"Magnificent Seven" Stock Split: Who Will Be Next After Nvidia?

Nvidia‘s (NASDAQ: NVDA) 10-for-1 stock split is a milestone for the artificial intelligence (AI) chip leader.

It’s the company’s first stock split in nearly three years after it split its shares during the pandemic-era tech boom. It also adds to a streak of stock splits enacted by the “Magnificent Seven” since this group of high-flying tech players began soaring at the start of the pandemic.

Of the group, five of the seven stocks have split their shares in the last four years, and two — including Nvidia’s split set to take effect on June 7 — have done it twice.

The table below shows which of the Magnificent Seven stocks have split in recent years and when.



Size of Split


Aug. 28, 2020



Aug. 31, 2020



July 20, 2021



June 6, 2022



July 15, 2022



Aug. 24, 2022



June 7, 2024


Data source: Company reports.

As you can see, both Microsoft (NASDAQ: MSFT) and Meta Platforms (NASDAQ: META) are missing from the list.

Not surprisingly, those two stocks will have the highest individual share prices within the Magnificent Seven after Nvidia’s split, so they look like the two most likely to split their shares next.

Let’s take a look at the case for each one.

A robot holding a tablet with a stock chart going up.A robot holding a tablet with a stock chart going up.

Image source: Getty Images.

Will Microsoft do a stock split?

Microsoft is the most valuable company in the world, with a market cap north of $3 trillion, and it’s been publicly traded since the 1980s, so it shouldn’t come as a surprise that the stock has had several splits in its history. However, it hasn’t done any in nearly a generation; those splits were during the dot-com era or in its early history. In fact, its last stock split was a 2-for-1 in February 2003.

Microsoft struggled for years after the dot-com bubble burst, but over the last decade, the company has thrived under CEO Satya Nadella. He ended the company’s war with Apple and invested aggressively in cloud computing, which is now its biggest business segment, led by Microsoft Azure. More recently, Microsoft stayed on the cutting edge of the generative AI revolution thanks to its close partnership with OpenAI, in which it’s invested an estimated $13 billion.

The stock has jumped by more than 10 times during Nadella’s tenure and now exceeds $400 a share, making it the third highest-priced stock on the Dow Jones Industrial Average.

Microsoft hasn’t commented on a potential stock split, but one seems likely if the shares continue to move higher. Splitting its stock would help the company stay within the general boundaries of the Dow, which as a price-weighted index tends to avoid holding stocks with share prices that are too high.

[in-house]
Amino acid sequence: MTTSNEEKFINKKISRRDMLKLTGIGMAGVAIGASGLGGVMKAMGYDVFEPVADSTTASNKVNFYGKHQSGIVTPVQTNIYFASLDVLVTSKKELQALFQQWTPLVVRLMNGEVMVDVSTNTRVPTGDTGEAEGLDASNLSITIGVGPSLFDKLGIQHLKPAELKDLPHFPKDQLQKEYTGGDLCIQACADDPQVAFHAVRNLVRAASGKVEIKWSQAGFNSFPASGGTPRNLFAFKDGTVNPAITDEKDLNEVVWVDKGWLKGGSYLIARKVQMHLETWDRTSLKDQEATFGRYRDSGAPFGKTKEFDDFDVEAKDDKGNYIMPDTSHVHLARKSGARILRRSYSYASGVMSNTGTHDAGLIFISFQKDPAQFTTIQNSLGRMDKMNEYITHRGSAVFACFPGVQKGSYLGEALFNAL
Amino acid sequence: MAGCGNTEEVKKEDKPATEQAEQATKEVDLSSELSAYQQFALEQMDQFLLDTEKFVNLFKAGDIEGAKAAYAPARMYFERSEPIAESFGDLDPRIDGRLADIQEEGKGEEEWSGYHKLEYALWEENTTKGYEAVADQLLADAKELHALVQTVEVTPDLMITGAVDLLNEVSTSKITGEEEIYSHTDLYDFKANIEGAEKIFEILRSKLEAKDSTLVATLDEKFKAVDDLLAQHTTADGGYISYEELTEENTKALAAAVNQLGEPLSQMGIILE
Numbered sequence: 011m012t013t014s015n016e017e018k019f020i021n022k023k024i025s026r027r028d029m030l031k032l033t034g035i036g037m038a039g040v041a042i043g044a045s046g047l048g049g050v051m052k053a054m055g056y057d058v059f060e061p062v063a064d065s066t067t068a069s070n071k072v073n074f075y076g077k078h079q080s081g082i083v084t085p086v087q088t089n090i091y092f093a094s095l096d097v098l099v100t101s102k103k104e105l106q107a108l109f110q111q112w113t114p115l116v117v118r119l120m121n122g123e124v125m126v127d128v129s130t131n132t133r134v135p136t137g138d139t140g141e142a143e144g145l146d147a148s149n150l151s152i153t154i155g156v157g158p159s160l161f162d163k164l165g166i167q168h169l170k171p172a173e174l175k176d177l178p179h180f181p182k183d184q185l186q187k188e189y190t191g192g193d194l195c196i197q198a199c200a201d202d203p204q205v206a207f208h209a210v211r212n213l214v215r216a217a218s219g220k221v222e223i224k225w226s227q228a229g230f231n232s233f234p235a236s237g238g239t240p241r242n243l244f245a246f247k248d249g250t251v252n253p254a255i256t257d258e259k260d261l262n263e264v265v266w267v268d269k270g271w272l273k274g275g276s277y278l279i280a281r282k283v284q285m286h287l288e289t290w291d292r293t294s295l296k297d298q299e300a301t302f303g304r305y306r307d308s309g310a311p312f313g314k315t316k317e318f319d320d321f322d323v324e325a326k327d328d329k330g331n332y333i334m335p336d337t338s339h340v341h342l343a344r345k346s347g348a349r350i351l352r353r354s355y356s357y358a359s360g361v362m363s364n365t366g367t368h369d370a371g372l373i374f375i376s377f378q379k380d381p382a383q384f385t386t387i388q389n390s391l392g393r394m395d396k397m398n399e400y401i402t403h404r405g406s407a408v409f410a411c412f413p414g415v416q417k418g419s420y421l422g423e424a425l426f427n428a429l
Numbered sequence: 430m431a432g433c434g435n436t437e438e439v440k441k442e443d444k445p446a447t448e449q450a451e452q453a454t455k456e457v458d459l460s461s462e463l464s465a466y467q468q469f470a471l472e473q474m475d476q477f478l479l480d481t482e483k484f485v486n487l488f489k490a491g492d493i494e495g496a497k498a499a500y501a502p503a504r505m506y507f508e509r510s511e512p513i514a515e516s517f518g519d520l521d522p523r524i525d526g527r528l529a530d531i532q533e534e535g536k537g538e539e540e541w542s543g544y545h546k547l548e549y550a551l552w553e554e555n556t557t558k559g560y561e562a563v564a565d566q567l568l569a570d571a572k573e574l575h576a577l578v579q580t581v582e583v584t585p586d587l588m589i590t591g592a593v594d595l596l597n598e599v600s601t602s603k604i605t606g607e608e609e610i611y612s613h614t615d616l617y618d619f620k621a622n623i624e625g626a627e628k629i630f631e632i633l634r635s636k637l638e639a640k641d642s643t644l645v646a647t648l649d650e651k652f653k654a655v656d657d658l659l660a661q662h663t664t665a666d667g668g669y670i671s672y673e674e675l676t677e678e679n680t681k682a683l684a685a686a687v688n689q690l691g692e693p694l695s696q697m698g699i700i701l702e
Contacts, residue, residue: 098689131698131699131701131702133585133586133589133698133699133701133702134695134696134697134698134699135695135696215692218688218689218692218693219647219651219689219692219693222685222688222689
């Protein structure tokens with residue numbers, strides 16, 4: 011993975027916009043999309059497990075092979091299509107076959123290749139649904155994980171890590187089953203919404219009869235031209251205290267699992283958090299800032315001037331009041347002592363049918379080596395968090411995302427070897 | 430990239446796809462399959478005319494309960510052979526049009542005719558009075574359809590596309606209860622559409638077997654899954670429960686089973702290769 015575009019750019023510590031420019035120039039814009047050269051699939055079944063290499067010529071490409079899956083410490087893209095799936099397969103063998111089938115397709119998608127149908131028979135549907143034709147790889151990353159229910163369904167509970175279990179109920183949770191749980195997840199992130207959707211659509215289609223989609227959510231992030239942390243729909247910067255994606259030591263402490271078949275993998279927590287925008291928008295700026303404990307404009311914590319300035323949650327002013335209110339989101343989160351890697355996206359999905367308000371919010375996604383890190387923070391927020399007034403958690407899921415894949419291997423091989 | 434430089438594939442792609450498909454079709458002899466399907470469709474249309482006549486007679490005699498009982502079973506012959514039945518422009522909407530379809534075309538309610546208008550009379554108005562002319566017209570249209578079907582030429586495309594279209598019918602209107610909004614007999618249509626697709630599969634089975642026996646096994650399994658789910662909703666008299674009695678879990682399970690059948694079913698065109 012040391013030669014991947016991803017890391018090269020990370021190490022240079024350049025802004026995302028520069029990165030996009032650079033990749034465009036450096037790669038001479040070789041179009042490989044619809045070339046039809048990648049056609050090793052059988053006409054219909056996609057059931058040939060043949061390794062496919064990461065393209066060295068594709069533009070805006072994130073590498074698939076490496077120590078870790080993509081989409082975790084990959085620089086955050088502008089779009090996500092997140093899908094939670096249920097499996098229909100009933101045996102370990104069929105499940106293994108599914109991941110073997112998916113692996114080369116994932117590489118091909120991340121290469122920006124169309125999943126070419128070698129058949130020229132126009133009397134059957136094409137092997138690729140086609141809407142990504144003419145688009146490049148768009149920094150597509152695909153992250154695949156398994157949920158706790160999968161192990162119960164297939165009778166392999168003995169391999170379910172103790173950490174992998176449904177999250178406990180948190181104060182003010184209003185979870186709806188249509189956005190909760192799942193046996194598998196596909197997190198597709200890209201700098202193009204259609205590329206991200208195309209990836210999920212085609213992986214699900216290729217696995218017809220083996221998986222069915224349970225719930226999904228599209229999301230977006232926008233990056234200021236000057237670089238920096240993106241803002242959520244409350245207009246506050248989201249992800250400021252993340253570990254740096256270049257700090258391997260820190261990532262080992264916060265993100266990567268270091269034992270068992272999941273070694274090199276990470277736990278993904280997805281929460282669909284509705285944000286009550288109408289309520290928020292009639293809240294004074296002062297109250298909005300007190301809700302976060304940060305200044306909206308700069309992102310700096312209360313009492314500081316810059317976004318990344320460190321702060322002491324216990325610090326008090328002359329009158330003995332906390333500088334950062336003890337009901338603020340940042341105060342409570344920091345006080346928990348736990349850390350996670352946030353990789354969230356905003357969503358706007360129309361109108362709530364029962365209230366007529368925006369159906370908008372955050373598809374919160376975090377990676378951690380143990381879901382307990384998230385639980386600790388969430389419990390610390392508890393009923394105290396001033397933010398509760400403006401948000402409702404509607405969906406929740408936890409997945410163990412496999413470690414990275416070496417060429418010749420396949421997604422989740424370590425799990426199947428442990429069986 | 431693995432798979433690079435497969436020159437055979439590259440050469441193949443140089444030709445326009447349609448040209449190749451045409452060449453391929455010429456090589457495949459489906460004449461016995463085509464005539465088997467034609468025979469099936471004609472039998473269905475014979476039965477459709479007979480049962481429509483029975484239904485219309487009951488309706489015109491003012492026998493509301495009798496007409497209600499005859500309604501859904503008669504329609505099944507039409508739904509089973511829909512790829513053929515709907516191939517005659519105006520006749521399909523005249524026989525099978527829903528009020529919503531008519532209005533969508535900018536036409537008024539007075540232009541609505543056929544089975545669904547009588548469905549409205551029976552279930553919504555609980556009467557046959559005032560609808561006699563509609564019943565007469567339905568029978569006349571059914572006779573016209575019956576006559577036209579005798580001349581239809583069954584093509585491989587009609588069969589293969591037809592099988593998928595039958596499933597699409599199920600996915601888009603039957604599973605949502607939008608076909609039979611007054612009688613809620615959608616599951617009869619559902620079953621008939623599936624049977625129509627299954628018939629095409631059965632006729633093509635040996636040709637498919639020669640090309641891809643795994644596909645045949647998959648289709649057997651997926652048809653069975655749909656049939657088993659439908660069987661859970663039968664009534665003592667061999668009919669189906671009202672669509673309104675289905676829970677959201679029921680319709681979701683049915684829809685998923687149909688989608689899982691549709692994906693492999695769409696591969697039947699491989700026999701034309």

Will Meta Platforms do a stock split?

Unlike any of its Magnificent Seven peers, Meta Platforms has never done a stock split. It’s the most recent of the seven stocks to go public, holding its IPO in 2012, with a starting price of $38 per share. Since then, the stock has appreciated considerably and trades at $477 as of Tuesday’s close, meaning the shares are up by roughly 13 times since it went public.

That’s an impressive track record for the social media leader, but it has yet to translate into a stock split, and executives haven’t addressed it so far.

The Facebook parent did just pay a dividend for the first time, indicating that management might be willing to consider a stock split as well. While there isn’t a direct connection between dividends and stock splits, implementing a dividend is a significant change in the company’s approach to managing the stock and returning capital to shareholders.

Its share price isn’t quite at the point where a split seems expected, but it does have a higher share price than any of the other Magnificent Seven stocks. Like other companies have said about their stock splits, a split would probably help make the shares more attractive to retail investors, and it could also help Meta gain admission into the Dow because it would bring its price more in line with the average Dow stock.

Which will be the next to split its stock?

Of these two companies, Meta seems to be more likely to be the next to do a stock split. Not only is its share price higher than Microsoft’s, but its valuation is also cheaper at a price-to-earnings ratio of 27. It also has a lower market cap than Microsoft, meaning that it’s easier for the share price to surge from its current level because it can do so by adding less market value than Microsoft.

There’s no guarantee that Meta will split its stock, but it would make sense for the company to do so — especially if the share price keeps going up.

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Randi Zuckerberg, a former director of market development and spokeswoman for Facebook and sister to Meta Platforms CEO Mark Zuckerberg, is a member of The Motley Fool’s board of directors. Jeremy Bowman has positions in Meta Platforms. The Motley Fool has positions in and recommends Meta Platforms, Microsoft, and Nvidia. The Motley Fool recommends the following options: long January 2026 $395 calls on Microsoft and short January 2026 $405 calls on Microsoft. The Motley Fool has a disclosure policy.

“Magnificent Seven” Stock Split: Who Will Be Next After Nvidia? was originally published by The Motley Fool

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